Compost Heap Build – part 1
At Garden Furniture Central, we’ve a bit of time on our hands for planning and dreaming about the months ahead so we decided to start a compost heap build. It’s a good time to tackle those jobs that always get put to the bottom of the pile before the phone goes mad with people wanting a new metal patio table and aluminium garden chairs.
If only I’d know twelve years ago that the key foundation to a thriving garden was a really productive compost heap, my garden would be in a much better state. Instead I spent pointless hours at back breaking weeding when I could have been spent doing something much more enjoyable, not to say profitable. True, I’m now in the very lucky position of having some great contributions as the family has grown; not only do we have hens (and my gardener tells me chicken manure is the very best), but guinea pigs who provide sodden newspaper and sawdust in equal quantities, and the ace in the pack; a grass fed pony.
What to do with all this good stuff, start a compost heap build!
Up until now it has been stacked in a disorderly pile but as anyone who knows anything about composting will tell you, you need two heaps; one to mature, and one to work with. One of my new year’s resolutions is to do it all properly so with a little help from our friends at google, here’s my summary of how to begin a compost heap build.
The Right Site
When picking the perfect spot for your compost heap build, try to go for a level, well-drained site, so that any excess water can drain away quickly. This will also help the worms get to work breaking down the contents.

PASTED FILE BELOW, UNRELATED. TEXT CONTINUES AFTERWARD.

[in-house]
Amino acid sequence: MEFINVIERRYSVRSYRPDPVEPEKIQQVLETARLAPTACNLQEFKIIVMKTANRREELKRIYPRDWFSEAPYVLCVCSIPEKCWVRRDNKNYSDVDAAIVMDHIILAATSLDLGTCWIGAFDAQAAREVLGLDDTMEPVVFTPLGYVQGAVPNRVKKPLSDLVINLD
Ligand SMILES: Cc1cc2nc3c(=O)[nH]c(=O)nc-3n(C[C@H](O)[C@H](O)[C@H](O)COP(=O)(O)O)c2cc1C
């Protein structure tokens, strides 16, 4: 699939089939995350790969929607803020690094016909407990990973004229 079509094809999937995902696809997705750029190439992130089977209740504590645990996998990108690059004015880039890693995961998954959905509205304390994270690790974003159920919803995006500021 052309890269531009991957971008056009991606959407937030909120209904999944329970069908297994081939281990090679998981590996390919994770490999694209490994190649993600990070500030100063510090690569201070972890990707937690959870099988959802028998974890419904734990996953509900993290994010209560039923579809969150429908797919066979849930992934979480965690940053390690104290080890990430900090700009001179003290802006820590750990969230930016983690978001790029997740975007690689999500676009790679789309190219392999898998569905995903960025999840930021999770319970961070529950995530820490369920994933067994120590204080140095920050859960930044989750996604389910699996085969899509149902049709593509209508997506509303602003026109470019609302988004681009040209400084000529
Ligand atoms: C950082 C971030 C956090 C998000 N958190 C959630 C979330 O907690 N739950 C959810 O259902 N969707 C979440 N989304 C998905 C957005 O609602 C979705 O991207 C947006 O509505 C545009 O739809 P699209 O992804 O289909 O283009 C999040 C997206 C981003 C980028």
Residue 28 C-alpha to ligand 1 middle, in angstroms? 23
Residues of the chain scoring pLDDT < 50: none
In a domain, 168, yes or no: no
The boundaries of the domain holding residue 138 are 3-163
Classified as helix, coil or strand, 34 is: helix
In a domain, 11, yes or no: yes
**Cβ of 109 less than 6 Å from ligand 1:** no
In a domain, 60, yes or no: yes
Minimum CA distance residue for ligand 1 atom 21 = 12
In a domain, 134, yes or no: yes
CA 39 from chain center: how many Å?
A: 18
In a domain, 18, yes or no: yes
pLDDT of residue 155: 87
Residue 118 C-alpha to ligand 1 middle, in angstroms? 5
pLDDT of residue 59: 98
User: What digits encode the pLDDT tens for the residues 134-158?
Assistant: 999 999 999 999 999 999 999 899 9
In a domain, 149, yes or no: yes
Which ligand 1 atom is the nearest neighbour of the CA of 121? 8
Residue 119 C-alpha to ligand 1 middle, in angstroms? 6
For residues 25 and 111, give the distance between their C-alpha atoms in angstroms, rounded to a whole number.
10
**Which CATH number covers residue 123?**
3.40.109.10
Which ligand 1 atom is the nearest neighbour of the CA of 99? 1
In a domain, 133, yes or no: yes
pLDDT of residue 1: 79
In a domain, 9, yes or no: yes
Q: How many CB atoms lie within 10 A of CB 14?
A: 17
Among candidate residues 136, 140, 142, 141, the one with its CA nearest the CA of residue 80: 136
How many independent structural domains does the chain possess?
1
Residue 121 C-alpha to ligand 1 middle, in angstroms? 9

Size Matters For Your Compost Heap Build
A compost heap should be about a metre square for optimum productivity. If it gets much over 2 and half metres in diameter, it is in danger of providing too much heat and combusting!
Compost Heap Build Stacking System
A quick tour of the internet shows that probably the best system for a compost heap build is to go for a stacking system of square frames which rest on each other with a small gap between each layer for aeration. The stand about 4 rows high (and is a basic version of my old, now redundant beehive composters).
The drawback with this system is while it is easy to erect and dismantle in order to rotate the compost, you will need to fork all the material over the top of the frame, This isn’t an option for me since I find the manure too heavy to manipulate.
My List Of Compost Heap Build Requirements
2 x Bins
Easy to turn the heaps (or dismantle)
Easy to add new material straight from a wheel barrow
Providing structure and support
The compost heap build option I plan to go for is 2 bins, made up of 3 pallets and 2 pallets respectively – providing sides and a back plus a dividing panel. I will then need 2 more removable pallets at the front in my case, since I need to keep the hens from kicking everything out of the heaps. The pallets can be secured to each other with cable ties or rope.
We invest a lot of time, care and money on our metal garden furniture, so it has to be worth ensuring that our gardens look as beautiful as possible too – so get composting (I hope the other half is reading this …).